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"Given the lists list1 and list2 that are of the same length, create a new list consisting of the first element of list1 followed by the first element of list2, followed by the second element of list1, followed by the second element of list2, and so on (in other words the new list should consist of alternating elements of list1 and list2). For example, if list1 contained [1, 2, 3] and list2 contained [4, 5, 6], then the new list should contain [1, 4, 2, 5, 3, 6]. Associate the new list with the variable list3."

    list1 = []
    list2 = []
    list3 = []
    for i in range(len(list3)):
        list3.append(list1)
        list3.append(list2)

I'm pretty sure this is dead wrong. What should I improve? By the way, I believe this must include both len and range.

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marked as duplicate by Matt Ball, grc, jamylak, Ashwini Chaudhary, Andy Hayden Mar 26 '13 at 9:52

This question has been asked before and already has an answer. If those answers do not fully address your question, please ask a new question.

2  
well you wont go into your for loop since len is 0 when you get there... thats one thing –  Joran Beasley Mar 26 '13 at 5:20
1  
pretty sure? did you run your code? –  monkut Mar 26 '13 at 5:21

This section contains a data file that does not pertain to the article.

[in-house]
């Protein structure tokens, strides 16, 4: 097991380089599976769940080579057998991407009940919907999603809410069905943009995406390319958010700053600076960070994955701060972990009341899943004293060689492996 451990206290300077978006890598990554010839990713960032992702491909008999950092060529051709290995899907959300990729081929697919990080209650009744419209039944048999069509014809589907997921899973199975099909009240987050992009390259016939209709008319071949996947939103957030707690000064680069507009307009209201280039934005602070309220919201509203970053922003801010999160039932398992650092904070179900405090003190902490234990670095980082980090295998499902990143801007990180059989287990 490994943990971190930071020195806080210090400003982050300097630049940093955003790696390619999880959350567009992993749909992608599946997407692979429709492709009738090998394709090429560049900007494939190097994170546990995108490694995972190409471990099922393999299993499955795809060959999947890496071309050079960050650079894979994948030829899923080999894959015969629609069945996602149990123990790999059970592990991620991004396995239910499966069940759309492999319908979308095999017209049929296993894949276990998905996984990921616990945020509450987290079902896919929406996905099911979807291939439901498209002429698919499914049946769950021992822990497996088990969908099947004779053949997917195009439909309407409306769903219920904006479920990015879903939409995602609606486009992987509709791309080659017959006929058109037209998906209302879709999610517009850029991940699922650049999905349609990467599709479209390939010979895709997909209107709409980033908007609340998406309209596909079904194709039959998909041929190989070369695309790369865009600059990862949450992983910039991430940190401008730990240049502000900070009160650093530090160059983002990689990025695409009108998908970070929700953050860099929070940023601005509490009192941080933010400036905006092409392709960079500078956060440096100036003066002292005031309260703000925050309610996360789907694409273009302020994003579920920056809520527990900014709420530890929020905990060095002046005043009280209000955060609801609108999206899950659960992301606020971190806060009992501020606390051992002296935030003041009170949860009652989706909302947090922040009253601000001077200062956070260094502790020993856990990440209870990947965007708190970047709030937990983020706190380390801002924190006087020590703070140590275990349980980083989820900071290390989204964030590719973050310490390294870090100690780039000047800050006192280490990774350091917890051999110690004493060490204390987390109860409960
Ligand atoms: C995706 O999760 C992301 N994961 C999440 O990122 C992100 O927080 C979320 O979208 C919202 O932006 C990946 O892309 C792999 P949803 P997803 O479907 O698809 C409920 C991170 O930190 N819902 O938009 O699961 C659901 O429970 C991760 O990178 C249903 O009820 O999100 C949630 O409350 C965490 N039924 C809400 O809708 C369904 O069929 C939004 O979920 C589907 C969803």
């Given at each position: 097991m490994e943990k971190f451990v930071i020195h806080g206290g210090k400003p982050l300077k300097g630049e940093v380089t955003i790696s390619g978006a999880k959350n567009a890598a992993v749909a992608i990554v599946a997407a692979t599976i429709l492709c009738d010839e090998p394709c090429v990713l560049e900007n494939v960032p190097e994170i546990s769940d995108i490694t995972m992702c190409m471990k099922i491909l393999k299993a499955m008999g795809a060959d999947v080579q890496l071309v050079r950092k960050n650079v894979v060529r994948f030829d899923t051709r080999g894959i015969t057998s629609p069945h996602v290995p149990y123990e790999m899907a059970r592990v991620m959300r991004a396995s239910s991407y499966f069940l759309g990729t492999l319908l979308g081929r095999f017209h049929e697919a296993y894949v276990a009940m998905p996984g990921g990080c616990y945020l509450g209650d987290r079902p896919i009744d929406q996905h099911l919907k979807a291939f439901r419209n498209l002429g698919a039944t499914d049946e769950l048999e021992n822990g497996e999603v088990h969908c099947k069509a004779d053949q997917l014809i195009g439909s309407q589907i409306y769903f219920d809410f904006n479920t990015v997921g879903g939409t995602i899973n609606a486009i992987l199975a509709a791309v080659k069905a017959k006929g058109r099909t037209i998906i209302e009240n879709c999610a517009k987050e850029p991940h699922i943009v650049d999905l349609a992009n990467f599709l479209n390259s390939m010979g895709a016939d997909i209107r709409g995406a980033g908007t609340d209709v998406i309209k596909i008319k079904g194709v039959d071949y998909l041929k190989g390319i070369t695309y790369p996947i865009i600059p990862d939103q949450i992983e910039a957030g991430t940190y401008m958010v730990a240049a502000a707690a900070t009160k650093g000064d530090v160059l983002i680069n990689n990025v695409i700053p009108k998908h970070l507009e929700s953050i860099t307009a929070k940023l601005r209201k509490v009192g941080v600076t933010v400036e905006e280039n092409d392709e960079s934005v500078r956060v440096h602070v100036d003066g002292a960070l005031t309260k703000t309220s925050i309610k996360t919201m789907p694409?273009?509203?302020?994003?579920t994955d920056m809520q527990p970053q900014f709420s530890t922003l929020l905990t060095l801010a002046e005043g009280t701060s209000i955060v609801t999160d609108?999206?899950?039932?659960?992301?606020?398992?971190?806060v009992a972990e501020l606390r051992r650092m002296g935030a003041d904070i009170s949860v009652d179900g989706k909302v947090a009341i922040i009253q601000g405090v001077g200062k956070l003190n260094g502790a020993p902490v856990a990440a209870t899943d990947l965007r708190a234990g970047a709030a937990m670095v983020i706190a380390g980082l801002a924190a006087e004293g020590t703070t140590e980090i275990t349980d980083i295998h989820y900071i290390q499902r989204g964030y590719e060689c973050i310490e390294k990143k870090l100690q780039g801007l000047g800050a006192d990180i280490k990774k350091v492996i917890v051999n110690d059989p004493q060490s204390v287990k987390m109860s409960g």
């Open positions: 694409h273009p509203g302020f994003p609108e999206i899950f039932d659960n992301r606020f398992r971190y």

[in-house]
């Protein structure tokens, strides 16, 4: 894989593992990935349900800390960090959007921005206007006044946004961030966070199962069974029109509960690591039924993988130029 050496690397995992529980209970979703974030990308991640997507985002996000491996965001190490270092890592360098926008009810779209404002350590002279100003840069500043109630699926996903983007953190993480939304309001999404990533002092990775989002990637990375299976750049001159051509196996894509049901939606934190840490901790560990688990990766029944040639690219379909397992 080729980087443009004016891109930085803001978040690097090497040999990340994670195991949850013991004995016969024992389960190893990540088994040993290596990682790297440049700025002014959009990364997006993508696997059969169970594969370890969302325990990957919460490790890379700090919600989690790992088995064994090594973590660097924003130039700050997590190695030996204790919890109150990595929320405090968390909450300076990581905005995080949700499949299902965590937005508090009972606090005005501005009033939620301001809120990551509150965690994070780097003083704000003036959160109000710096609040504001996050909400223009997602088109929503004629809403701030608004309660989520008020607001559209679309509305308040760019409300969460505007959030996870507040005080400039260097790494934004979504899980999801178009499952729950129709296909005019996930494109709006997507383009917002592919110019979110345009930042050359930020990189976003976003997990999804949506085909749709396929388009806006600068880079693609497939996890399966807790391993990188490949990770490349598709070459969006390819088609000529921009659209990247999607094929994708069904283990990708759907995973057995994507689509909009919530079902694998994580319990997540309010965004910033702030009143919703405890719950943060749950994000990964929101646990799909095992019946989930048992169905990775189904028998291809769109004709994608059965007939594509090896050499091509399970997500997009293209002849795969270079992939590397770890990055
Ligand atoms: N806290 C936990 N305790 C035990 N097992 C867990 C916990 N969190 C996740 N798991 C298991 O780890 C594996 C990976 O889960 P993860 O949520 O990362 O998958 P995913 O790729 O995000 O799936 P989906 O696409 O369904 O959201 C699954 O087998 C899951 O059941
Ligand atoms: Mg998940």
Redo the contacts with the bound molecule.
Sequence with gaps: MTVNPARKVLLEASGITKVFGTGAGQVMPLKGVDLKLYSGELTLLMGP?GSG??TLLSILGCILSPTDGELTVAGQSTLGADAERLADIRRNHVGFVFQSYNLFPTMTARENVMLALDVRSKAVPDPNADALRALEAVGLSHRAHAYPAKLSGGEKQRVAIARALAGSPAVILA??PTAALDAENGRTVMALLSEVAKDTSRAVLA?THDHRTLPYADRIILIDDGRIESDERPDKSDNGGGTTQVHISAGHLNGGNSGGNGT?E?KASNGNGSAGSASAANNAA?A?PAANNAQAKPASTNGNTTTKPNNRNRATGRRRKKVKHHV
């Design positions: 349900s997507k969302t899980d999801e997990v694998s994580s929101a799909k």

4 Answers 4

>>> from itertools import chain
>>> list1 = [1, 2, 3]
>>> list2 = [4, 5, 6]
>>> list(chain.from_iterable(zip(list1, list2)))
[1, 4, 2, 5, 3, 6]
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I would do it with a list comprehension, rather than anything with len or range. e.g.:

>>> list1 = [1, 2, 3]
>>> list2 = ['a', 'b', 'c']
>>> zip(list1, list2)
[(1, 'a'), (2, 'b'), (3, 'c')]
>>> [x for pair in zip(list1, list2) for x in pair]
[1, 'a', 2, 'b', 3, 'c']
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list1 = [1, 2, 3]
list2 = [4, 5, 6]
list3 = []

for x1, x2 in zip(list1, list2):
    list3.extend([x1, x2])
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Please look at the following snippet, maybe it will help

>>> list1 = [1,2,3]
>>> list2 = [4,5,6]
>>> list3 = []
>>> for i in range(len(list1)):
...     list3.append(list1[i])
...     list3.append(list2[i])
...
>>> list3
[1, 4, 2, 5, 3, 6]
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1  
Better would be for x1, x2 in zip(list1, list2): in my opinion. –  wim Mar 26 '13 at 5:26
    
@wim yes that would work too. Thank you for pointing out. –  Sidharth Shah Mar 26 '13 at 5:28

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